Newly Described Pathogen May Help Control Brown Marmorated Stink Bug

Nosema maddoxi microsporidian has been found to prefer the invasive pest

By Carrie E. Preston and Ann E. Hajek

Key Facts

  • Nosema maddoxi is a newly described microsporidian pathogen recently found in BMSB populations in the U.S.
  • Infections of some microsporidia can be spread from mother to offspring via the eggs, and also from one insect to another through feeding behavior.
  • Many microsporidian species cause chronic infections that impact their insect host’s longevity and ability to produce eggs.
  • Research is ongoing to determine what impact this pathogen could have on BMSB populations in U.S. crop systems.

Discovery of an Unwitting Ally in the Fight Against Invasive Stink Bugs

In 1978, Joseph Maddox, insect pathologist at the Illinois Natural History Survey, reported finding an insect pathogen in the green stink bug (Chinavia hilaris) throughout the Midwest (Maddox, 1979). It was a microsporidian species that was ultimately described in 2017 and, in deference to its discoverer, named Nosema maddoxi (Hajek et al., 2017).

This microsporidian was found in several stink bug species, including the brown marmorated stink bug (BMSB, Halyomorpha halys (Stål)), an invasive species posing a significant threat to agriculture throughout the United States.

Very little is known about this pathogen, so research has been underway to determine its effects on BMSB and whether it could be an additional tool for biological control.

Biological control—or biocontrol—is the use of a living organism to control the populations of other organisms that are considered pests. It’s a potent tool in the integrated pest management arsenal, offering an alternative to pesticides by capitalizing on the control agent’s natural behavior.

The Brown Marmorated Stink Bug: What Is It and Why Does It Matter?

Brown marmorated stink bug adult on apple.

Brown marmorated stink bug. Photo by Wil Hershberger.

The brown marmorated stink bug (BMSB, Halyomorpha halys (Stål)), is an invasive insect that was unintentionally brought over from Asia in the late 1990s. BMSB is a voracious eater that damages fruit, vegetable, and nut crops, posing significant risk of widespread agricultural and economic harm.

With an abundance of food sources and few natural predators in North America, BMSB has spread quickly and effortlessly, creating a critical need for the development and dissemination of effective management practices—preferably least-risk practices, especially given the pest’s broad geographic footprint and its affinity for food crops.

Biological control of BMSB is one area of active research. By identifying and capitalizing on natural predatory or parasitic dynamics, scientists are exploring promising leads that may ultimately help minimize the pest’s impact.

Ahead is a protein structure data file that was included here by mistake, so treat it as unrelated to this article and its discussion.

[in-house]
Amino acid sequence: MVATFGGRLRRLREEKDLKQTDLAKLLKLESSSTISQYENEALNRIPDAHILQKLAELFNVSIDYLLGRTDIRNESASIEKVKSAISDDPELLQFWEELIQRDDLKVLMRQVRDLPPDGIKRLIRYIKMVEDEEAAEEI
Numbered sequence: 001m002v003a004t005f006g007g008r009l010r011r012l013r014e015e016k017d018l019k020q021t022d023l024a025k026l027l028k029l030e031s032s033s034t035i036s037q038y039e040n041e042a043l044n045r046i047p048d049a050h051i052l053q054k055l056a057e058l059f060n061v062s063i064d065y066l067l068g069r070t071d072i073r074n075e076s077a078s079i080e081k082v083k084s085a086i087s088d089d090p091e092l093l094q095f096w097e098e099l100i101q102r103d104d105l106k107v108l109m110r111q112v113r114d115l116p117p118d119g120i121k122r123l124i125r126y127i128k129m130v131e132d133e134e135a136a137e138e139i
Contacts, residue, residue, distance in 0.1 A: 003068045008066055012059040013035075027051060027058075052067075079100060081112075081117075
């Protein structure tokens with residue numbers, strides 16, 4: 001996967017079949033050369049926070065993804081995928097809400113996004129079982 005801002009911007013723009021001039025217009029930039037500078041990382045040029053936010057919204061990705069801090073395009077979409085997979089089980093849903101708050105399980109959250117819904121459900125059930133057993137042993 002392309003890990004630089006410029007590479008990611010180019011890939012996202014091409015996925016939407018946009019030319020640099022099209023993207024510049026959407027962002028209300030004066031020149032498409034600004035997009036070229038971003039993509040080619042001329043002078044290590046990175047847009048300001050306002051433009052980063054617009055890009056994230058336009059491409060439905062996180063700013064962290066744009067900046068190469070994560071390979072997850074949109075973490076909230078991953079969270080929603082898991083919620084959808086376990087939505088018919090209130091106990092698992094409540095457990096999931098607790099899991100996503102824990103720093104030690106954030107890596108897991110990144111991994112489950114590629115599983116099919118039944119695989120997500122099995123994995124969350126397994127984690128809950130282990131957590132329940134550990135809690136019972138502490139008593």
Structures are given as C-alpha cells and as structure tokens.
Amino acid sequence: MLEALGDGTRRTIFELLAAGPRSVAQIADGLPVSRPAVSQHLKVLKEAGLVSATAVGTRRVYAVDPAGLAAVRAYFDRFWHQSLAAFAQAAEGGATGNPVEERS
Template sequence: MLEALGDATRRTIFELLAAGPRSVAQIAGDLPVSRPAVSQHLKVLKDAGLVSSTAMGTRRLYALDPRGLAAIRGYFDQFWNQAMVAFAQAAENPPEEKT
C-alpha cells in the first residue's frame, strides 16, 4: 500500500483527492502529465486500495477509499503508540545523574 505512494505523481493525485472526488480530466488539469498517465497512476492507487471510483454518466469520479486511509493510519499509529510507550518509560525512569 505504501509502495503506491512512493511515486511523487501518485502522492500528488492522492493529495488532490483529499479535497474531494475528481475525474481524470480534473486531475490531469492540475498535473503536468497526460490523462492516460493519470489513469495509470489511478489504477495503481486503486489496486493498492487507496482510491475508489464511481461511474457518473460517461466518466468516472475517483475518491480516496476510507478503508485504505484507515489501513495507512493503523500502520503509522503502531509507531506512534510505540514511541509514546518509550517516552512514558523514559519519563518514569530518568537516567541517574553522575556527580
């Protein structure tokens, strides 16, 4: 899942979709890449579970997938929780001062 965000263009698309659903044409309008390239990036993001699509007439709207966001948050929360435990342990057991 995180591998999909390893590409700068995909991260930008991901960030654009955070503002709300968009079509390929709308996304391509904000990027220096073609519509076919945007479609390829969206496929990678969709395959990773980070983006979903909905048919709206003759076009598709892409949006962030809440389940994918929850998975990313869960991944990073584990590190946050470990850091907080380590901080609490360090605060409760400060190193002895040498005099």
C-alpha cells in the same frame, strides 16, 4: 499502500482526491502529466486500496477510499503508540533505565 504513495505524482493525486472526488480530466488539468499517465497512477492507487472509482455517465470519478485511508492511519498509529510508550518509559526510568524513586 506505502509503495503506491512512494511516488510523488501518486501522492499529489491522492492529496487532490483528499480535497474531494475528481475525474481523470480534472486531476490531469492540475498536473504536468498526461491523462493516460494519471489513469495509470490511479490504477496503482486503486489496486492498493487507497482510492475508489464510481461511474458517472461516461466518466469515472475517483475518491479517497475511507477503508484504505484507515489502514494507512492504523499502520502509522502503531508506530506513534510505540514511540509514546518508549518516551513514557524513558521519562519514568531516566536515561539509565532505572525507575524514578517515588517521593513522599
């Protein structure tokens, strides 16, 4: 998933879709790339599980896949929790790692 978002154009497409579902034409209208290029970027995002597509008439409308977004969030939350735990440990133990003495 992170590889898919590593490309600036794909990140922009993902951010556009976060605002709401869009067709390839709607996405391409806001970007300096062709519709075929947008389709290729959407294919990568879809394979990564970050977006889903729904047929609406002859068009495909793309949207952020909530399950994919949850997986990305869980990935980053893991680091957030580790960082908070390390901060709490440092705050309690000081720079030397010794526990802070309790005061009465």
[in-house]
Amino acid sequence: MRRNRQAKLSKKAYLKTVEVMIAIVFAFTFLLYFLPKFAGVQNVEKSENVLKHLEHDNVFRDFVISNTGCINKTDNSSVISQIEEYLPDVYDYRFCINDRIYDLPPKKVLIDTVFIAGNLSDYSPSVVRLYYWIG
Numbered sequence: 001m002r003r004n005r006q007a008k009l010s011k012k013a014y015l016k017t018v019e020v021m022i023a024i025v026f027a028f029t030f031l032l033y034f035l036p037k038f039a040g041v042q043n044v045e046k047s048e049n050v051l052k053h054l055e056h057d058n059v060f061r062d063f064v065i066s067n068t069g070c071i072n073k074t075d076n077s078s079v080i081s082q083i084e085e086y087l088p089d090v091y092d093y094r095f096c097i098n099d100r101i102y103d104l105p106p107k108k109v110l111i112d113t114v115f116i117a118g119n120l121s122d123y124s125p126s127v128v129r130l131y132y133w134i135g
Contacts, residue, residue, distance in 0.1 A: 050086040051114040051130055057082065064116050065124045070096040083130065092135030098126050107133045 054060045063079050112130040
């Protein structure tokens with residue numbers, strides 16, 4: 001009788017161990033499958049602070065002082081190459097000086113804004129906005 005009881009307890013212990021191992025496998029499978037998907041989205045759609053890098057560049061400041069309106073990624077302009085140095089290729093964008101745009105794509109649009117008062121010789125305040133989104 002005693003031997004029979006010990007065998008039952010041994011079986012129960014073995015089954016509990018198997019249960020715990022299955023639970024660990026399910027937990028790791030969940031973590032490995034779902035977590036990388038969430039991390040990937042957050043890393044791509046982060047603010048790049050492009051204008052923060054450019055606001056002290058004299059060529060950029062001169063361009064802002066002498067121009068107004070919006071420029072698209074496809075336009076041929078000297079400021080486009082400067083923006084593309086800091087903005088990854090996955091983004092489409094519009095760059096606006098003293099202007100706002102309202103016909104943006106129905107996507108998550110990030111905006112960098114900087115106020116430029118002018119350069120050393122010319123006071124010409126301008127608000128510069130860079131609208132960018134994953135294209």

What Are Microsporidia and How Do They Spread?

Fungal Pathogens and the Hosts They Depend On

Microsporidia are microscopic obligate pathogens—organisms that cannot complete their life cycle without a host—living inside a host’s cells (Boucias and Pendland, 1998; Becnel and Andreadis, 2014). Many species are pathogens of fish and invertebrates, including insects (Han and Weiss, 2017).

Currently, there are 1,500 known species that infect a wide range of hosts (Becnel and Andreadis, 2014; Corradi, 2015), the majority being host-specific, meaning they will infect only certain host species (Becnel and Andreadis, 2014; Bjørnson and Oi, 2014; Hoch and Solter, 2017).

A Two-Part Life Cycle

The microsporidian life cycle consists of two phases (Han and Weiss, 2017):

  • Asexual reproduction within infected host cells
  • Spore production

Spores can survive outside of a host for a short period of time, but the asexual stage occurs only in the cytoplasm of a host tissue cell (Hoch and Solter, 2017).

Methods of Infection

Microsporidian infections in invertebrates—including stink bugs—occur when microsporidia cells and spores are present within the cells of a susceptible host (Onstad et al., 2006). There are two ways for microsporidia to infect new hosts.

In horizontal transmission, spores that have developed in an infected host are orally ingested by a potential host individual (Hoch and Solter, 2017). Once the spores are ingested, the different life stages develop within host cells in the cytoplasm.

Horizontal transmission can occur via feeding when healthy individuals feed on the feces of an infected host, or when they feed on the cadaver of an infected host that has died (Andreadis, 1987). In the lab, BMSB have been observed to feed on eggs, nymphs, eclosing adults, and on cadavers of other BMSBs (Medal et al., 2012), which could make them vulnerable to microsporidia infection. Nymphs and adults can also get infected if their environment is contaminated with spores (Hoch and Solter, 2017).

Vertical transmission occurs when a pathogen is passed from a mother to its offspring via the egg (Hoch and Solter, 2017). In the case of microsporidia, they can be inside the eggs, or on the surface of the eggs from an infected female so that the offspring become infected after hatching (Hoch and Solter, 2017).

Horizontal transmission is thought to occur more often than vertical transmission (Becnel and Andreadis, 2014; Hoch and Solter, 2017). In the case of Nosema maddoxi, vertical transmission has yet to be confirmed at all.

Microsporidia illustration

Figure 1. Microsporidian spore based on the original drawing by Naomi Fast (Keeling and Fast, 2002).